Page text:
The Ombudsman accordingly decided that there had been no evidence adduced which would substantiate the contention that the award made by the EAT was in any way related to disability as is required under the policy in order to reduce a disability benefit being paid to a policyholder.

The Ombudsman found that the payment made by the EAT to the Complainant could not be equated with:"... any award made to the Insured Person by a Court of Law or Arbitration Tribunal or settlement lump sum or ex-gratia payment received by the Insured person in respect of loss of earnings from any action relating to Disability" and therefore the Company could not use this award to reduce the Disability Benefit payable to the Complainant.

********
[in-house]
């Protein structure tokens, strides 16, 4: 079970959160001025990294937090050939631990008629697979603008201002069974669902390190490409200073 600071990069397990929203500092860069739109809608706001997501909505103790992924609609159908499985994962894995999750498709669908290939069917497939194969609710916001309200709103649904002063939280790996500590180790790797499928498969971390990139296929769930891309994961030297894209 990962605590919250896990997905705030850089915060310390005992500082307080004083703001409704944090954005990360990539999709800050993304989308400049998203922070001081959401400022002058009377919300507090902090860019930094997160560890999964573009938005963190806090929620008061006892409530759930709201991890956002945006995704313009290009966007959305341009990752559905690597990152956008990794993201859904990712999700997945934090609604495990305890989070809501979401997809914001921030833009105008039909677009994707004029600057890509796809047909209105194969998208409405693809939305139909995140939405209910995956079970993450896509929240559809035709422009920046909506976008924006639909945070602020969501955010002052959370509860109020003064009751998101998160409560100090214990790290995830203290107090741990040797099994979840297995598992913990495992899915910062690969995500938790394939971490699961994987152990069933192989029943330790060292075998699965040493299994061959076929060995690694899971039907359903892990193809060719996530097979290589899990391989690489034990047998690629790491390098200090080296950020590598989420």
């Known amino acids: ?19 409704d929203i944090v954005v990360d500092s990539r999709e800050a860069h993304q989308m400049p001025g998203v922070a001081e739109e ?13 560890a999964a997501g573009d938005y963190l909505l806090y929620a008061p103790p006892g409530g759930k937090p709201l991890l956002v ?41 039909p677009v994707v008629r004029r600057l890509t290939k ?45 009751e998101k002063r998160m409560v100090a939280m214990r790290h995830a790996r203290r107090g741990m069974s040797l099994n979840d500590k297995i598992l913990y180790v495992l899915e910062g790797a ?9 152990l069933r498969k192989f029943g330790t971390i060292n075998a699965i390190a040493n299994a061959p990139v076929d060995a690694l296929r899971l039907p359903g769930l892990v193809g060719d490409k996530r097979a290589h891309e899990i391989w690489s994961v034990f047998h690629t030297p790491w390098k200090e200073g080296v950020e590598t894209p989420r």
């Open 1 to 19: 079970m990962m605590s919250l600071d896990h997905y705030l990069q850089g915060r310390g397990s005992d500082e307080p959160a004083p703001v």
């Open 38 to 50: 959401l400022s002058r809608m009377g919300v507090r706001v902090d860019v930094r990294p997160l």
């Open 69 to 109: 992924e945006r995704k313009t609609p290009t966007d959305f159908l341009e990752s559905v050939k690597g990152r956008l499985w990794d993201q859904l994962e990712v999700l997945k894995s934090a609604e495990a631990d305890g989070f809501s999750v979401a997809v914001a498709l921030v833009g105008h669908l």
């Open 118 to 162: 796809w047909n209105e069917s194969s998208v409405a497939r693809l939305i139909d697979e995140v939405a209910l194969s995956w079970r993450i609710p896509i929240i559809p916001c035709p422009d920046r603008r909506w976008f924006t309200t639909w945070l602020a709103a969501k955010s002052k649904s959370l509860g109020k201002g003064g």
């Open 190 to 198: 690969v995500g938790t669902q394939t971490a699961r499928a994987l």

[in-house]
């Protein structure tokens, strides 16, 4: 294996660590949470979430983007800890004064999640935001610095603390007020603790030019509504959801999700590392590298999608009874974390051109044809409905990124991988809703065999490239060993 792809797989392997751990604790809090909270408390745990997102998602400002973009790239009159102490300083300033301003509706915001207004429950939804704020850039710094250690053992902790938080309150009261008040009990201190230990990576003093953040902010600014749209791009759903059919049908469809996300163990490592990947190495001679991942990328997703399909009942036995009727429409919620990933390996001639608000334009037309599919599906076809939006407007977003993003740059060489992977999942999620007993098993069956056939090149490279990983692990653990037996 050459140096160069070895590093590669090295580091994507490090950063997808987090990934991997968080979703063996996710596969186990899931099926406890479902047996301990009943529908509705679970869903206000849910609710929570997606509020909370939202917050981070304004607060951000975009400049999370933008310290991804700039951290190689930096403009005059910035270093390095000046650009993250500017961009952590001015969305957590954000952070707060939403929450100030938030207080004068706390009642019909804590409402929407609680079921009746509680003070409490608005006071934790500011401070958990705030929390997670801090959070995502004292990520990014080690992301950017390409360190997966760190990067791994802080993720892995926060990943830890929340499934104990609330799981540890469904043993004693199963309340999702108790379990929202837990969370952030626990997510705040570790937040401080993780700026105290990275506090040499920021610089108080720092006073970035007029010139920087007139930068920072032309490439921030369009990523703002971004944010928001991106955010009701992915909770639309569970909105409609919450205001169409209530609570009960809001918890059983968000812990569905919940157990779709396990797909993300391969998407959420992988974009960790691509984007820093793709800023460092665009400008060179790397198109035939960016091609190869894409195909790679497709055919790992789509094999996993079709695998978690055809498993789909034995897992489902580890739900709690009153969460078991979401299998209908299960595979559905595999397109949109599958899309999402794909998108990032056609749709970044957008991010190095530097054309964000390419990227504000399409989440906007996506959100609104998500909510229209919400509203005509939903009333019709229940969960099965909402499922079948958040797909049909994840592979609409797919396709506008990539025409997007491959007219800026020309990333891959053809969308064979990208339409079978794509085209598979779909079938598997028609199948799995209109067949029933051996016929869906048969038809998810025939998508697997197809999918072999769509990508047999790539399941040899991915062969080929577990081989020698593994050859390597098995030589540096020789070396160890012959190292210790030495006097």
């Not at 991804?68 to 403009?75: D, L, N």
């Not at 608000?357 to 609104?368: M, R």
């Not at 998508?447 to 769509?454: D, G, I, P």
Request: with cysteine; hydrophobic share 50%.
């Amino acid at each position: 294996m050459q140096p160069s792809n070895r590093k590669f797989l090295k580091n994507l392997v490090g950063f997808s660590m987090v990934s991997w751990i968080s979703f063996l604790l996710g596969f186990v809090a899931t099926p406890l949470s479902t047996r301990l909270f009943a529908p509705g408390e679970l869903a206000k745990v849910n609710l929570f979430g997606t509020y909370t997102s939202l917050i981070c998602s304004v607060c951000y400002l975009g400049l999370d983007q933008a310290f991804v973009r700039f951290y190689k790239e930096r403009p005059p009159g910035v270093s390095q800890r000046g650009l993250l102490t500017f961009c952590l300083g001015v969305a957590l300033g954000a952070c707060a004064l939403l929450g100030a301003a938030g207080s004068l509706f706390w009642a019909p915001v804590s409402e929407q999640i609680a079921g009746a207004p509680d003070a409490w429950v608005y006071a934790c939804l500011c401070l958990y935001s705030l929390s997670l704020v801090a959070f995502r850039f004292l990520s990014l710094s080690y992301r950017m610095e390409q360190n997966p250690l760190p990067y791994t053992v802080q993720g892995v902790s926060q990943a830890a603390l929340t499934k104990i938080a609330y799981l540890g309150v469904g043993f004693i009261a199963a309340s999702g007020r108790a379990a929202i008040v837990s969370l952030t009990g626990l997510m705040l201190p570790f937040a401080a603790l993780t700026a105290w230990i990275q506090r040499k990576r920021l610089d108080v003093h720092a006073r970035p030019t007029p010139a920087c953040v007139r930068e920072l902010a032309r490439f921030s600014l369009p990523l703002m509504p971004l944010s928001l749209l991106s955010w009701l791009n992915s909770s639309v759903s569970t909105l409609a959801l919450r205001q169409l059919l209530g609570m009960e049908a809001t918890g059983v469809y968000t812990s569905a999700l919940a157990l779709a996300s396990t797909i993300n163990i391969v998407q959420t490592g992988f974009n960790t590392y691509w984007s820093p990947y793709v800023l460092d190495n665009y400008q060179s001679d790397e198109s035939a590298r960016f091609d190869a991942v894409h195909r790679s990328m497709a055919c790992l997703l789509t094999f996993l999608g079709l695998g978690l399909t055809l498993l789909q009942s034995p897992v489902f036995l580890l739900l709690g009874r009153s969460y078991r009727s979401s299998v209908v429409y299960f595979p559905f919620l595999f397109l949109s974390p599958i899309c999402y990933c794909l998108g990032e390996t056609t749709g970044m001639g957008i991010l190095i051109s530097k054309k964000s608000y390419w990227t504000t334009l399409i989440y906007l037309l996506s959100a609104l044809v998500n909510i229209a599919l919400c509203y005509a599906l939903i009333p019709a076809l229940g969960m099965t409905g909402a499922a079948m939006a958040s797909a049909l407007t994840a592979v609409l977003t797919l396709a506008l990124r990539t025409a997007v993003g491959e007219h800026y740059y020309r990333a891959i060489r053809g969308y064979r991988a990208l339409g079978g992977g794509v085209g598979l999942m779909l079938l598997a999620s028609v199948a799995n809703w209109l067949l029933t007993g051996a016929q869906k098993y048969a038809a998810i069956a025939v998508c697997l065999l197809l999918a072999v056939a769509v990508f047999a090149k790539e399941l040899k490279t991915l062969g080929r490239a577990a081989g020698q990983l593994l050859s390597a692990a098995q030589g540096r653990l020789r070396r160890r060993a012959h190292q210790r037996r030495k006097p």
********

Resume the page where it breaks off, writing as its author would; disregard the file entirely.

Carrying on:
Critical illness claimComplaint Not Upheld

The Complainant in this case had been diagnosed with a large tumour and underwent surgery. The complaint related to the Provider's decision to decline the Complainant's subsequent critical illness claim on the grounds that the tumour was benign and not cancerous, and therefore not covered by the terms of his policy. Instead, the Provider made a 10% payout on the basis that the Complainant's claim met the definition for surgical procedure to the spinal cord.

The Complainant disputed the Provider's assessment of her claim. She argued that her tumour might not have been cancerous but that it was serious and life threatening, and had prevented her from working for a period of six months.